Colorado researchers spent decades trying to save disappearing rainbow trout. Finally, they’re making progress.
Genetics from Germany and a hardy cross with Gunnison River trout seem to be overcoming a nightmarish parasite that causes deadly whirling disease
Colorado’s oil and gas producers are slashing budgets, closing wells as demand and cash flow dwindlesBy Mark Jaffe Business Primary category in which blog post is published
U.S. Forest Service ranks protecting Colorado’s Sweetwater Lake high on its list of funding priorities
A promise of support from the Land and Water Conservation Fund bolsters the year-long campaign to protect the Garfield County lake and its surrounding acres from development
Tri-State’s clean energy battles with two Colorado electric co-ops now threaten the utility’s finances
A week-long hearing is set before the Colorado Public Utilities Commission in an attempt to determine reasonable exit fees for United Power and La Plata Electric Association
The largest Arctic science expedition in history finds itself on increasingly thin ice because of coronavirus
COVID-19 is just one of many setbacks for hundreds of scientists, including one from Colorado, pursuing critical climate questions in the world’s most remote and inhospitable environment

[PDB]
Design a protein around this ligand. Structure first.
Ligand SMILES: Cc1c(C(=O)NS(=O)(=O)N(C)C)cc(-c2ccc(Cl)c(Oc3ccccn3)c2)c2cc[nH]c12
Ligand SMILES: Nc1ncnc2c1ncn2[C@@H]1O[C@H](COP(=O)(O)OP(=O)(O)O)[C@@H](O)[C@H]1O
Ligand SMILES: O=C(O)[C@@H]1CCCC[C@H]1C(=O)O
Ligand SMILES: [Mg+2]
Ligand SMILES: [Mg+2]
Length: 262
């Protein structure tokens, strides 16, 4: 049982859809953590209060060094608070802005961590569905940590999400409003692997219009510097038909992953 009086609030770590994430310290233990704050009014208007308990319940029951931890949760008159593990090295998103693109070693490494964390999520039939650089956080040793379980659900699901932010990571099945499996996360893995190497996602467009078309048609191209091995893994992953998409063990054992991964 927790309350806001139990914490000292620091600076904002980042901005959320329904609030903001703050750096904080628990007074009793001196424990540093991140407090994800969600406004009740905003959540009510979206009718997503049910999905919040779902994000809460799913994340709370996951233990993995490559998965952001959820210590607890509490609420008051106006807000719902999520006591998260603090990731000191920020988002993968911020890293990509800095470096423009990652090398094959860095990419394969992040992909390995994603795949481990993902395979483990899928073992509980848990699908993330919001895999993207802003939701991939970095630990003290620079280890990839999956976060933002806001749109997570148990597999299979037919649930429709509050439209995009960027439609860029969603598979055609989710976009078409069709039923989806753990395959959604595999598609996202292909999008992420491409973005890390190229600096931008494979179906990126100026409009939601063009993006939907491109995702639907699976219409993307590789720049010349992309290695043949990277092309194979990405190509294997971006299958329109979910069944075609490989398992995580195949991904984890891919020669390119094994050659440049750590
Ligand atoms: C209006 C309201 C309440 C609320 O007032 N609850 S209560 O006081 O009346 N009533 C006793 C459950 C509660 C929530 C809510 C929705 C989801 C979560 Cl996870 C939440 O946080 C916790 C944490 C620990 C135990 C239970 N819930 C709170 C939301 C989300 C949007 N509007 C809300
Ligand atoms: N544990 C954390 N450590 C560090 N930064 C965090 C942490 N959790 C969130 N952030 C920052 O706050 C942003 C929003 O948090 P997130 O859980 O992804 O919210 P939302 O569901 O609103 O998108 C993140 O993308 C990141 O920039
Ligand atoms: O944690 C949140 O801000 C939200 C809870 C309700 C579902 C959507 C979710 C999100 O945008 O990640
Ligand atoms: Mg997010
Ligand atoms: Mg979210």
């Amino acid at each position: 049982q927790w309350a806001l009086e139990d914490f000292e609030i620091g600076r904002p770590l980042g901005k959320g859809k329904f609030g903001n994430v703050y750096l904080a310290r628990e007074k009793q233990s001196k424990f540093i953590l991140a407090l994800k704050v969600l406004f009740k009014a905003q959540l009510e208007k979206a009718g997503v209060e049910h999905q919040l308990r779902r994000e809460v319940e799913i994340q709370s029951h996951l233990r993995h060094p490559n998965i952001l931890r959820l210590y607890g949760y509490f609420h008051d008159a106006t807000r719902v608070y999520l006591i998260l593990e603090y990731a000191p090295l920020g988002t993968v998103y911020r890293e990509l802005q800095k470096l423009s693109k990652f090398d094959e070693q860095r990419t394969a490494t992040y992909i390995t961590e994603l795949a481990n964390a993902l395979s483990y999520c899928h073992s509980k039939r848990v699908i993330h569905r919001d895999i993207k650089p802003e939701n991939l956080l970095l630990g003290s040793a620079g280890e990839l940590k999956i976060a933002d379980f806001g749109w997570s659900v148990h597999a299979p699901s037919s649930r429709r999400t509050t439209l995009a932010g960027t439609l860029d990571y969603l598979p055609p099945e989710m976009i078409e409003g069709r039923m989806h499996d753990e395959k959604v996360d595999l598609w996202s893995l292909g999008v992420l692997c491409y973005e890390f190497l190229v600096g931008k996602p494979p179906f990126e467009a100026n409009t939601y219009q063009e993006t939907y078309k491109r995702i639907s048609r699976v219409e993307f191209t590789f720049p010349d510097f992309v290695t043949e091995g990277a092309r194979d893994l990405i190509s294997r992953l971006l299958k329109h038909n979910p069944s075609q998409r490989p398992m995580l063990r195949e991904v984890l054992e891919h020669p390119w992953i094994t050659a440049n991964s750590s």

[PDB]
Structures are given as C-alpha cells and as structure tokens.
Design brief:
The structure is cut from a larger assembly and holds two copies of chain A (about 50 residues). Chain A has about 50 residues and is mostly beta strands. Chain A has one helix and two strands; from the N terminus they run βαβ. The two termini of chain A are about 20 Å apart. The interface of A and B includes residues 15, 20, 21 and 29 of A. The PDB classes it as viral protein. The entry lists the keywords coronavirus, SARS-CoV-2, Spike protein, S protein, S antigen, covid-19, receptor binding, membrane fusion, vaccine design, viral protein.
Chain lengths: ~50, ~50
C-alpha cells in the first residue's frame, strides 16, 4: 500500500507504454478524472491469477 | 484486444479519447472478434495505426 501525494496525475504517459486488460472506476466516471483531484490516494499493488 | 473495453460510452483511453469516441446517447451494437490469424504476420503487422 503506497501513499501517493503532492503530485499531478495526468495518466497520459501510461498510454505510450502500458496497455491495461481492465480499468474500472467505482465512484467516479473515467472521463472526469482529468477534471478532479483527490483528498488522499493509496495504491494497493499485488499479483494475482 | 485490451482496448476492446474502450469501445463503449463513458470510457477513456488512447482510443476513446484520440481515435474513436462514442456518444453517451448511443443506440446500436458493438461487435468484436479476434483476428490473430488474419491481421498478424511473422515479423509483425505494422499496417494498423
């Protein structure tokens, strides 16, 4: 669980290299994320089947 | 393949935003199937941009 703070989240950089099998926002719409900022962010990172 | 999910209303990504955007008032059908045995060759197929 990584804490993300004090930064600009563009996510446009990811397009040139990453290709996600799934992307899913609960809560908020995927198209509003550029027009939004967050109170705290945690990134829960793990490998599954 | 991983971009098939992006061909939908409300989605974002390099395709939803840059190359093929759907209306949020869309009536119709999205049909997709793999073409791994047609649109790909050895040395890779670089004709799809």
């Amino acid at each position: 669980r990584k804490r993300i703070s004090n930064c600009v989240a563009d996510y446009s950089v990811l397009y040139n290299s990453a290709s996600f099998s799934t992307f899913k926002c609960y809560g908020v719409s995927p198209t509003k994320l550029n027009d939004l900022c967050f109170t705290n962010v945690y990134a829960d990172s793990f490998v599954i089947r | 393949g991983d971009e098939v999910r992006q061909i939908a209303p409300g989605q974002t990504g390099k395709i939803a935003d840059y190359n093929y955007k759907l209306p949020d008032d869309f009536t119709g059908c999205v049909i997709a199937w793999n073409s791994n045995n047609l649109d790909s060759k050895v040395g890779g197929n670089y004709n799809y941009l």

In a deal that closed in a Broomfield park, Colorado took title to the ranch that will be the newest state park. Developing it, however, will take some financing creativity as budgets are slashed under pandemic pressures.
To reach sustainable wild horse levels, feds say it will take more than $1 billion and years of work
The Bureau of Land Management’s latest plans envision capturing 200,000 mustangs over the next two decades
Thousands of comments highlight the divisive rule that requires e-bike access to all BLM and National Park Service trails used by traditional bikes.
The U.S. Forest Service's draft risk assessment predicts that even in a best-case scenario nearly two dozen firefighters could be infected with COVID-19 at a camp with hundreds of people
Humans begin to shed coronavirus in their feces within three days of infection, which could provide a heads up on outbreaks. At least three Colorado water treatment systems are studying poo for warning signs.
How will America keep wildfire crews safe from coronavirus during what’s expected to be a tough season of blazes?
Federal and state agencies have been scrambling to plan for wildland firefighting since the coronavirus took hold in the U.S.